“Are those… plastic cups up there?” Scorch said, looking at the roof of a bus stop, while chomping on a pizza slice she bought from a local restaurant in Naples, Italy.

“Yes, Scorch! You have to admit. Italians are creative!” Felix said. “It’s a great idea, isn’t it? Making bus stop roofs from discarded plastic cups. Let me give you a few examples of best out of waste efforts.

A house named Villa Welpeloo in Rotterdam, the Netherlands became the world’s first modern house in 2005 to be built majorly from waste construction material – about 60% of it. Architecture firm Superuse took steel from old textile machines, and wood from damaged industrial cable drums.

In 2013, architect Duncan Baker-Brown from the United Kingdom went one step further and built the Brighton Waste House from about 90% waste materials. Baker-Brown used a combination of old-but-gold materials, right from used denim and toothbrushes to plastic DVD cases and old bicycle tire parts.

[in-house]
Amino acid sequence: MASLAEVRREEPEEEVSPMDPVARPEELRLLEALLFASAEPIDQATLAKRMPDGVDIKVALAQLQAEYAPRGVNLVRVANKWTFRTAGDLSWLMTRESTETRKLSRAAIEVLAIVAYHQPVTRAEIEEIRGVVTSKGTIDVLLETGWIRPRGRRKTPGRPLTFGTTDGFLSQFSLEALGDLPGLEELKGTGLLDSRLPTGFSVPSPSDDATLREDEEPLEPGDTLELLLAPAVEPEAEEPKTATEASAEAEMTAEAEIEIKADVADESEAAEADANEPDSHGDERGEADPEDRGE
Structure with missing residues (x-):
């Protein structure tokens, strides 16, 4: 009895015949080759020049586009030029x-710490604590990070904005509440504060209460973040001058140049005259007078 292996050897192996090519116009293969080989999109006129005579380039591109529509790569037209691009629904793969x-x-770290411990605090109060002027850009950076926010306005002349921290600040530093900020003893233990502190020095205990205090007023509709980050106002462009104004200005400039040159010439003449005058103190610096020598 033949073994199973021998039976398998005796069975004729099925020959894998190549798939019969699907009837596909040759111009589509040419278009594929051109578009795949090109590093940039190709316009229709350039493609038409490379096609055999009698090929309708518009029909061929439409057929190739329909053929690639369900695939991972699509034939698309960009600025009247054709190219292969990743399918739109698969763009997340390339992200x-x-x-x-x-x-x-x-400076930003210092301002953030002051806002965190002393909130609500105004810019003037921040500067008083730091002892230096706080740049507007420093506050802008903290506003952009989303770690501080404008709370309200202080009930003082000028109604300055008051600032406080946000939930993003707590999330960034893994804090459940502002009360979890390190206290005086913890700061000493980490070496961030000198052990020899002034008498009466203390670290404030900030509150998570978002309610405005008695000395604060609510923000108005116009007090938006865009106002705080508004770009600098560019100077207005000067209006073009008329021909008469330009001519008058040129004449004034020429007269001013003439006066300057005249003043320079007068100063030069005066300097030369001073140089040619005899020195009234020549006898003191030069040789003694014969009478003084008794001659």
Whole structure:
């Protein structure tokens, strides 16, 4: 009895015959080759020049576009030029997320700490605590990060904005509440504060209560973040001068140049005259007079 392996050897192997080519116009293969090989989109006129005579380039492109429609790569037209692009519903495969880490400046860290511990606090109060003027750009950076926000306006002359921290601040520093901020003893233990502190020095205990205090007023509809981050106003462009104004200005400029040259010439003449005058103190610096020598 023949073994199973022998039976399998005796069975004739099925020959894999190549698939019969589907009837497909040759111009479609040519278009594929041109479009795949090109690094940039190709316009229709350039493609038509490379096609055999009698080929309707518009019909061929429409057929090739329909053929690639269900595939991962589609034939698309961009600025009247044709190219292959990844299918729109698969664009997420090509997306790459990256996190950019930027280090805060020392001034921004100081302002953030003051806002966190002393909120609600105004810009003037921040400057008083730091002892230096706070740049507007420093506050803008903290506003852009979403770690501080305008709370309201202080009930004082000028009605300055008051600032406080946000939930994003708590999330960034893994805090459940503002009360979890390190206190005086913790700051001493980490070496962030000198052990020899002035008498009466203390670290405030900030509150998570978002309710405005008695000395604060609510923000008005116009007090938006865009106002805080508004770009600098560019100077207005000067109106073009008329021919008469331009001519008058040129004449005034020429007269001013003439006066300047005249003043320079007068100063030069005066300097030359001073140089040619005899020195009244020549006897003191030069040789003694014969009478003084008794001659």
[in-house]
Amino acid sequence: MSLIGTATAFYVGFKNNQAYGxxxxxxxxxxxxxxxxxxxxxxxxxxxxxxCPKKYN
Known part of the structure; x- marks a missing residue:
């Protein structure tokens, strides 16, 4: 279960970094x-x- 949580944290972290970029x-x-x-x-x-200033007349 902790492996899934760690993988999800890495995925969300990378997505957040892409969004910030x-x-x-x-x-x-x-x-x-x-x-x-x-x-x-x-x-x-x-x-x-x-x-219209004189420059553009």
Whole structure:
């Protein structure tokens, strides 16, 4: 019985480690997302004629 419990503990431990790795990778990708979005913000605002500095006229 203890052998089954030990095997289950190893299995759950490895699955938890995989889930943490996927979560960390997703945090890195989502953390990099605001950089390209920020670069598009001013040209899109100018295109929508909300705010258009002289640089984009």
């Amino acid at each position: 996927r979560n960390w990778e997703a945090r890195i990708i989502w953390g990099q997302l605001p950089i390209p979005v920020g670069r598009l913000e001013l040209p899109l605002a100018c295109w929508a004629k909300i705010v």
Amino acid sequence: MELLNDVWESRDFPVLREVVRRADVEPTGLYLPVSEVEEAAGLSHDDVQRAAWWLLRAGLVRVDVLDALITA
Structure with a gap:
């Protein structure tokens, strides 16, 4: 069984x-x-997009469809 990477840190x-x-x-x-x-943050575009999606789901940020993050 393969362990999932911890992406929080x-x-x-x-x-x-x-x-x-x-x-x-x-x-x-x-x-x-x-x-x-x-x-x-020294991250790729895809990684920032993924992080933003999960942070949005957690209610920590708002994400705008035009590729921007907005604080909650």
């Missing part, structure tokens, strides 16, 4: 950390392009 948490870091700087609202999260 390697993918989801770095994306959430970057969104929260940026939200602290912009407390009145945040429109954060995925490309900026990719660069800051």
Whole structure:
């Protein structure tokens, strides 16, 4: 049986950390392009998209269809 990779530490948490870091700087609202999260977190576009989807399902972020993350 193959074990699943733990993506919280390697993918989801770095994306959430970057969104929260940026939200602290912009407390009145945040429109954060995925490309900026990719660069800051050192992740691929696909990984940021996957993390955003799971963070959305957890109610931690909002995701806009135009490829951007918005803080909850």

In Mumbai, India, in 2015 the Collage House was built using 100-year-old stone columns, waste silvers, and other damaged construction materials.

An almost fairy-tale-like structure stands in Prince Edward Island, made from 25,000 white and green glass bottles, glued together with cement. It’s called Bottle Houses and it was built around 1980,” Felix said.

“It’s a great idea to reuse materials instead of constantly digging the earth for new raw material,” Orak said.

“Yes, Orak. Why let anything go to waste? Humans need to start recycling more and abandon the idea of ‘new’ stuff,” Felix said.